Now look at a scenario where a person has decided to get a second dog. What if the first or second dog doesn't find it to be a fit, to be to their liking? What if they fight or what if one is bullied or cowed by the other? Do we insist on keeping the commitment even if the dog or dogs don't find it to be a comfortable situation? Dogs are generally the best in the world at adapting to what is presented, because they don't often have any choice. But is it okay to impose that on them? Do we insist on keeping them in our 2000 square foot house together even if they aren't content or comfortable with each other?
I have known of situations where dogs were re-homed to homes that are a better circumstance, only to see the dogs blossom. The people who have re-homed the dog are better able to lead a life that is better suited to them, the new dog guardians are happy with the dog. Seems like a win-win-win.
There are obvious problems with this conundrum. Is it fair to have dogs bounce around? Well, they are the most adaptable and flexible species that I know of. Is it not reasonable to have people put forth some effort, to compromise, attempt to meet the dog's needs? Absolutely. Someone who gives up on a dog because it wasn't house trained in two days or because it sheds, or for any number of frivolous reasons shouldn't have a dog anyway of course. But if there are some issues that might be more substantive that still require effort and dedication from the person, should the person try to figure out a solution? Absolutely. But if there is just a real issue with real conflict that seems unresolvable....?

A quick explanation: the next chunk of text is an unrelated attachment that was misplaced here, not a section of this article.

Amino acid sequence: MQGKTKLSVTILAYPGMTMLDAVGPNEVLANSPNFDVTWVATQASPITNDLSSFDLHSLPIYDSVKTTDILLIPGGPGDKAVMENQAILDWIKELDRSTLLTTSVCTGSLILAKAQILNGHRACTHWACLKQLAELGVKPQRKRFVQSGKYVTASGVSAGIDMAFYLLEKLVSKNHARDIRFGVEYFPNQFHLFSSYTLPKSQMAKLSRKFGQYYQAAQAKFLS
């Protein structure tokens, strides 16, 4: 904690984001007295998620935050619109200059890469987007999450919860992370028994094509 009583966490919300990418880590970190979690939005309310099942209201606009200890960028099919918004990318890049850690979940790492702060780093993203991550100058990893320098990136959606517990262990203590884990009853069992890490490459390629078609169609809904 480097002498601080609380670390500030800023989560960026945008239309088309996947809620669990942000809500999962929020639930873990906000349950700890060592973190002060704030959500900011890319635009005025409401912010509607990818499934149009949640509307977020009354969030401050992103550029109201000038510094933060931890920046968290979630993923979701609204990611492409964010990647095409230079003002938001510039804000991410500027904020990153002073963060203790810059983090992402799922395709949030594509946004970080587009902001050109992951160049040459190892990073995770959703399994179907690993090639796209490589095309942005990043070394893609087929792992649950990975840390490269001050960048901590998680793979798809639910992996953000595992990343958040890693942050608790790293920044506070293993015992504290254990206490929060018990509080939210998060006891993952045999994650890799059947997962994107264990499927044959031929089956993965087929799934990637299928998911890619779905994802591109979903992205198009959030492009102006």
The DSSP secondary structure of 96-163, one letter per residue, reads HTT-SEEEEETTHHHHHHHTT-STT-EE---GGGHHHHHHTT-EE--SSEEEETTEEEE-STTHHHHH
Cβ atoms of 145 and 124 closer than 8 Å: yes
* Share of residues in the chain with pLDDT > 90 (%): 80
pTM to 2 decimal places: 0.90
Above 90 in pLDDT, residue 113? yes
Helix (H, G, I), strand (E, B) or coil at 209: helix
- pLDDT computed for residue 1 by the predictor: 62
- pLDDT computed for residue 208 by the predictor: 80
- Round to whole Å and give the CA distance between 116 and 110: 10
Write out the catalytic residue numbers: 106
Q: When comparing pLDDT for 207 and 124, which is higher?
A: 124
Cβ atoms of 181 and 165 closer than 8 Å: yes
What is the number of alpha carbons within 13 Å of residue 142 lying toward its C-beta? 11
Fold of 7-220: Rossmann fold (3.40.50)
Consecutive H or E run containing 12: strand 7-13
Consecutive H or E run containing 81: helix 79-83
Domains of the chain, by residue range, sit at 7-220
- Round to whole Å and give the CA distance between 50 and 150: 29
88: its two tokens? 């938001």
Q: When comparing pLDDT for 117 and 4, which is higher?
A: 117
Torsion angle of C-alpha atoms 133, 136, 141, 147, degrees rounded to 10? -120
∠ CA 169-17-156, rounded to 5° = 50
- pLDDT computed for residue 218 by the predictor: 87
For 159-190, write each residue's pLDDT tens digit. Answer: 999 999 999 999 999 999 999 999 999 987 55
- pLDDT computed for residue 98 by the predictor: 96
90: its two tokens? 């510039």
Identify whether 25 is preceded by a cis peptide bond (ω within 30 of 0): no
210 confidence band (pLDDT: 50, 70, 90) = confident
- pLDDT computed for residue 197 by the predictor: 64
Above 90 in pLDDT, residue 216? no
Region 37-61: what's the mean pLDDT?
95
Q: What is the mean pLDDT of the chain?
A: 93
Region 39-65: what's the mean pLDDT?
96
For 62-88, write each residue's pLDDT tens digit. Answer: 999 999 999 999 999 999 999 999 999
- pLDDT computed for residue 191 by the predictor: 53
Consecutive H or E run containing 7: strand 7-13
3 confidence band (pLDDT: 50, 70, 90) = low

Good dogs are suffering from a lack of needs being met with insistence on making it work, on committing to the dog. An example: If I had not been in a position to spend a lot of time getting out to the multiple acres and lake water available to me when I had a high drive sporting dog, bred for her unending drive and obsessive work ethic, it might not have been fair for me to keep her. Because I had the resources and the ability to meet her needs, it worked. It wasn't easy, but everything lined up in a way that worked out. If I had gotten her when I was older or when I was working 60 hours a week, it could have been a disaster for her and for me, leading to frustration for both of us. And yes, she was completely dedicated to work, and work some more. I see this more and more with breeders trying to create high drive dogs for their chosen sport. First, not everyone is as dedicated to doing sports with their dogs day in and day out, every weekend. So where do the pups get placed? Then there is the illusion that we can control genetics. Sometimes that desired high drive tips over to no self control at all.